Lancia Thema: Imported From… History?

Edward Niedermeyer
by Edward Niedermeyer

By slyly slipping an image of a classic Chrysler 300 into this ad, Lancia is subtly admitting the truth about its new Thema. And in light of this half-admission of the Lancia’s less-than-entirely-sophisticated Brampton, Ontario roots, perhaps the better Baudelaire line would have been the great stoner’s admonition to

beware of common folk, of common sense, of sentiment, of inspiration, and of the obvious.

If Baudelaire were alive today, does anyone doubt he would have added “marketing” to that list?

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  • Tonyola Tonyola on Mar 10, 2011

    It's interesting - Fiat apparently believes the Lancia name is so damaged in English-speaking markets that they're going to sell the Ypsilon and Delta under the Chrysler - yes, *Chrysler* - name in Britain and Ireland.

    • See 1 previous
    • Tonyola Tonyola on Mar 10, 2011

      Yeah, I knew about the disastrous rust problems Lancia had in the UK during the '70s. US-market Lancias were no better. From what I understand, it was a result of Fiat taking Soviet-made steel in payment for setting up the Lada plant in the USSR. I didn't know that it's still remembered in the UK 35 years later.

  • Dr. Kenneth Noisewater Dr. Kenneth Noisewater on Mar 10, 2011

    A Lancia that doesn't rust? Fascinating! (Me, I have a soft spot for Bentley-ized 300s that have chrome blacked out...)

  • JJ JJ on Mar 10, 2011

    The tragedy here is not the Thema however, but the Lancia Flavia (aka Sebring), the Lancia Grand Voyager (aka Grand Voyager - yes, Grand Voyager) and the FIAT Freemont (aka Dodge Journey). Mostly the Lancia Flavia though...

    • Jimboy Jimboy on Mar 11, 2011

      I think you're letting the negative press of the sebring influence your comments. I understand that the 200 is substantially reworked compared to the sebring. One writer actually said that the Flavia was closer in design philosophy to Lancia's history than the Thema, and looking at their product I would agree. Remember that this is a 'stopgap' model until the next gen arrives in 2013. Personally, I think the merger of Chrysler/Lancia is a terrific idea, it can only benefit both marques. I look forward to seeing all of the new Chrysler product at the local auto show. The new GC is awesome ( went to a dealer sponsored preview) and my neighbor has an '11 Grand Caravan and RAVES about how good it is.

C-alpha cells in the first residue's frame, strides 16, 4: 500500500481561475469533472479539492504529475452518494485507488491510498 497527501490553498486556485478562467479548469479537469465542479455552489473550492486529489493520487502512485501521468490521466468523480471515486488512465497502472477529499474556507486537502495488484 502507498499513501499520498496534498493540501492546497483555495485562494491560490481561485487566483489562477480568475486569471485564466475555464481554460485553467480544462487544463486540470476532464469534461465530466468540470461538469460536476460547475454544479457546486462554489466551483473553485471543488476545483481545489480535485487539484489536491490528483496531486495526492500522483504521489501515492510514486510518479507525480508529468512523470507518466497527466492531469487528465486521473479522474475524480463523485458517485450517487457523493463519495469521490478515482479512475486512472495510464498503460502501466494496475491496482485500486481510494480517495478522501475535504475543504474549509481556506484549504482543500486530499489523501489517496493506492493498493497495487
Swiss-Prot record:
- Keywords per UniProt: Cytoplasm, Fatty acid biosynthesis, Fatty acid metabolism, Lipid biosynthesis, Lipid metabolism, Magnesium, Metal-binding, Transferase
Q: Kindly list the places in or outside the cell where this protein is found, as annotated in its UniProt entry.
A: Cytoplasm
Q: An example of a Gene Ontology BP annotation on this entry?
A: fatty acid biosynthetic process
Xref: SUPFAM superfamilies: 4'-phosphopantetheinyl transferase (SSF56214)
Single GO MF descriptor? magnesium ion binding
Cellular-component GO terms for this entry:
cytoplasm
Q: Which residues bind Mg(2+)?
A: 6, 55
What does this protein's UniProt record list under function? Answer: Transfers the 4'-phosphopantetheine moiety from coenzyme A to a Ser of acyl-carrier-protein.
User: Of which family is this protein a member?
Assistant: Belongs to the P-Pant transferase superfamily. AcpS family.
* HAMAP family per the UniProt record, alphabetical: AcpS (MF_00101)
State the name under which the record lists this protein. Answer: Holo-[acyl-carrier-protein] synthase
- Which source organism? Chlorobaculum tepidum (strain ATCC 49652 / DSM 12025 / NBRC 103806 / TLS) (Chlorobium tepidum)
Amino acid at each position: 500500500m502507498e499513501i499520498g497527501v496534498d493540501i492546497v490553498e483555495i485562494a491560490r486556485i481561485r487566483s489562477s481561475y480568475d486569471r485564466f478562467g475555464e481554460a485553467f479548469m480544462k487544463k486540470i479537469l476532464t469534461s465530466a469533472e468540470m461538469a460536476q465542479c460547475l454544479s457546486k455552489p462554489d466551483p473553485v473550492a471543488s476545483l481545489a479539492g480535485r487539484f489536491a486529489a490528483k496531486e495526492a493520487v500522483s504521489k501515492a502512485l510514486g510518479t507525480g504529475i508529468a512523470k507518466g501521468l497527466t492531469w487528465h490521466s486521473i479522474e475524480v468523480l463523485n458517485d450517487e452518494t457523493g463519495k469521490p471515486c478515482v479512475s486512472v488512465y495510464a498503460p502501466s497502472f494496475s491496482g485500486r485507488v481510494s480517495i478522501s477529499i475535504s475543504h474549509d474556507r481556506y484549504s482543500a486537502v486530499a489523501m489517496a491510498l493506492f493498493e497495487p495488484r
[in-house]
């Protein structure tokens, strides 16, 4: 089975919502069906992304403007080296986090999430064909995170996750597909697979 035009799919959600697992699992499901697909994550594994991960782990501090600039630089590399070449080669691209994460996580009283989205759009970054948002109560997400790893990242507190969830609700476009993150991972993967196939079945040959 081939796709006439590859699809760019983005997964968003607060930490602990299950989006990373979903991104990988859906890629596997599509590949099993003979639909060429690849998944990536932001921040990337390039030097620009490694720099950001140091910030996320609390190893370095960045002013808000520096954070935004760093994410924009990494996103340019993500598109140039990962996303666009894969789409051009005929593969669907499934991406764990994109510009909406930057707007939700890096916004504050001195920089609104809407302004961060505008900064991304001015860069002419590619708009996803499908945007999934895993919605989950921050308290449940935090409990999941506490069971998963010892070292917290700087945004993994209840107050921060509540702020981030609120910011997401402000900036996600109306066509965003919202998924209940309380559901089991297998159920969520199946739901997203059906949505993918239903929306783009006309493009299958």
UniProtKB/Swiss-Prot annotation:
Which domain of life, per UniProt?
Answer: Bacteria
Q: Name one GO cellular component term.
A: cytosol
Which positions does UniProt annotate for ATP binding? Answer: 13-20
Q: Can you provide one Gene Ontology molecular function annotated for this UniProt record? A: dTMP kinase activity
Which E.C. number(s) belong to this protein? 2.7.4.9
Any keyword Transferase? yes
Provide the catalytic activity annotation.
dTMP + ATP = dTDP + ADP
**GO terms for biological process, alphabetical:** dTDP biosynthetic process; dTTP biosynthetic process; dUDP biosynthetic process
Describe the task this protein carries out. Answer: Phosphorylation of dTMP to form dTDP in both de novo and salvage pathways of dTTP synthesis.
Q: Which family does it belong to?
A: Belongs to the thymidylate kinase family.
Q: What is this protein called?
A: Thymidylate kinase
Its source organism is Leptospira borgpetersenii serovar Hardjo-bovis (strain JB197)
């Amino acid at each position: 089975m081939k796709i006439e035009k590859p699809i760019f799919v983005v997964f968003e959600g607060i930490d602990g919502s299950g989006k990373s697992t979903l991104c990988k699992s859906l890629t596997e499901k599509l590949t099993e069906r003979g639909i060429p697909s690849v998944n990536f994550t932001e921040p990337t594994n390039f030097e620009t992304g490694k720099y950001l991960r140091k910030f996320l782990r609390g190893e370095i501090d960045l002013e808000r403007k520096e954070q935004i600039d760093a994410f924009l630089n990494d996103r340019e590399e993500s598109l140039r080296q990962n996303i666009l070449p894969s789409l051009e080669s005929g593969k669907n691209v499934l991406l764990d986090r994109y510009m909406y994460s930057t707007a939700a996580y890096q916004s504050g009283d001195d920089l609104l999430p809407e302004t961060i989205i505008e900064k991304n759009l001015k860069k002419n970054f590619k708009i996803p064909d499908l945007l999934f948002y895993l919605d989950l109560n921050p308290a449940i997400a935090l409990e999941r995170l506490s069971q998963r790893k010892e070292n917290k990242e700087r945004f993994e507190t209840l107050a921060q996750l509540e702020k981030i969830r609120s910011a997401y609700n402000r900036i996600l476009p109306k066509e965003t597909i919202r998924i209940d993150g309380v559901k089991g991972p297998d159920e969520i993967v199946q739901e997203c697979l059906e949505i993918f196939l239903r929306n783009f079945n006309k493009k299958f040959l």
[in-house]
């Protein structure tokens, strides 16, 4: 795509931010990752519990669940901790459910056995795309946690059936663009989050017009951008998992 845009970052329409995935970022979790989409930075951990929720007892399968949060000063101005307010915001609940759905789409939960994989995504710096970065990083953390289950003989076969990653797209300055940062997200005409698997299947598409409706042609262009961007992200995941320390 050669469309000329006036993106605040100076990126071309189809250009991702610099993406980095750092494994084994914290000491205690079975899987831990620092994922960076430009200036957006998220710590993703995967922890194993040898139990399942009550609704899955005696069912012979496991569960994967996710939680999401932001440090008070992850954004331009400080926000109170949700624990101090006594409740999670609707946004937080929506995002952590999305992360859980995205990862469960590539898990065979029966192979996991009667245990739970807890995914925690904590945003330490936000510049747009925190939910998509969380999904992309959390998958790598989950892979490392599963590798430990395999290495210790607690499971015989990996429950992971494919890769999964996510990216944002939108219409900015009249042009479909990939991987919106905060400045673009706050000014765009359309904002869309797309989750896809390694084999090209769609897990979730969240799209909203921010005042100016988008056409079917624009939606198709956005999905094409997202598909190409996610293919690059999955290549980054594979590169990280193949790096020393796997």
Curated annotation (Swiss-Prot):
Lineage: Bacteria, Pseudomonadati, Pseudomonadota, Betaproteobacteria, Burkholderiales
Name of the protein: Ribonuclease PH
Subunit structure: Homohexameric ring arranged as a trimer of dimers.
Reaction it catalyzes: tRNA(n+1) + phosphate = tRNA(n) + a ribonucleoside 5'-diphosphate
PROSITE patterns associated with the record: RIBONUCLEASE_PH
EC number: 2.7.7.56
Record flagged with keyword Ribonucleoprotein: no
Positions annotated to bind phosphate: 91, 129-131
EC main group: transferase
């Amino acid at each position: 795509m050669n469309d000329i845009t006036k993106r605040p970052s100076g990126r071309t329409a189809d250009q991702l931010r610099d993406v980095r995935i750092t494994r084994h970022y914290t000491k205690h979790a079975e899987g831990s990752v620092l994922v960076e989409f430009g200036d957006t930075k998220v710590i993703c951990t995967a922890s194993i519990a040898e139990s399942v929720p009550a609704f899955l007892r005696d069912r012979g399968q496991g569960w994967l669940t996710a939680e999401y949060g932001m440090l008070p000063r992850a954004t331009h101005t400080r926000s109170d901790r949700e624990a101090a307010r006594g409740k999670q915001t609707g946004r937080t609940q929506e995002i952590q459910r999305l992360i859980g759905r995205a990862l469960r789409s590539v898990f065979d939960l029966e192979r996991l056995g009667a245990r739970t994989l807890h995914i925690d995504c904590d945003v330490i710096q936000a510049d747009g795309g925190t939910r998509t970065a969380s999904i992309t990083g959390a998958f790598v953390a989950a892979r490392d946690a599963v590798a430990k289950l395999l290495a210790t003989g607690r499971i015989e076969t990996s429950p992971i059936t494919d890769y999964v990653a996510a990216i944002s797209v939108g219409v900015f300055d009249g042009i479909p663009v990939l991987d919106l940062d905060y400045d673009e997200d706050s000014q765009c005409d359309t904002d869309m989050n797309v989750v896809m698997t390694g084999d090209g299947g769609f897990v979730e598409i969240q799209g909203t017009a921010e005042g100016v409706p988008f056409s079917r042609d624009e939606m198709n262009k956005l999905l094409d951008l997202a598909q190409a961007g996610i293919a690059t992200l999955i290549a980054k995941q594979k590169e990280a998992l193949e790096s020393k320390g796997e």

• Inside Looking Out Inside Looking Out on Mar 10, 2011

    Idea is similar to Opel and Vauxhall. For some reason Britons prefer Opel to be called Vauxhall. I do not know much about Lancia but probably there is reason why Italians will by Lancia but not Chrysler. But I highly doubt that Germans and other Europeans will be attracted by Lancia. But wait until Alfa Romeo and Dodge become one.

    • Ridoca Ridoca on Mar 12, 2011

      Alfa Romeo and Dodge will never become one, that was made abundantly clear. It was also made clear that Chrysler and Lancia would be merged; they actually already have, which is why you have the same cars with different badges depending on the market. The Italian side will provide small cars (Ypsilon, Delta), and the US side large sedans and SUVs (yes, indeed: the lineup wil be beefed up in the next 3 yrs to battle it out with BMW, MB and Lexus across the range). I think it makes a lot of sense to market Lancia in continental EU as it has a more recognized name in countries like Italy (which is the largest EU luxury car market after Germany, AFAIK), and in places like france, belgium, spain. Gemans will always prefer domestic brands as they are easily one of the most nationalistic people in europe (plus, it's easier to find a repair shop, etc) plus. For "New" european countries it's the same if it's a Chrysler or a Lancia, so no difference there I assume...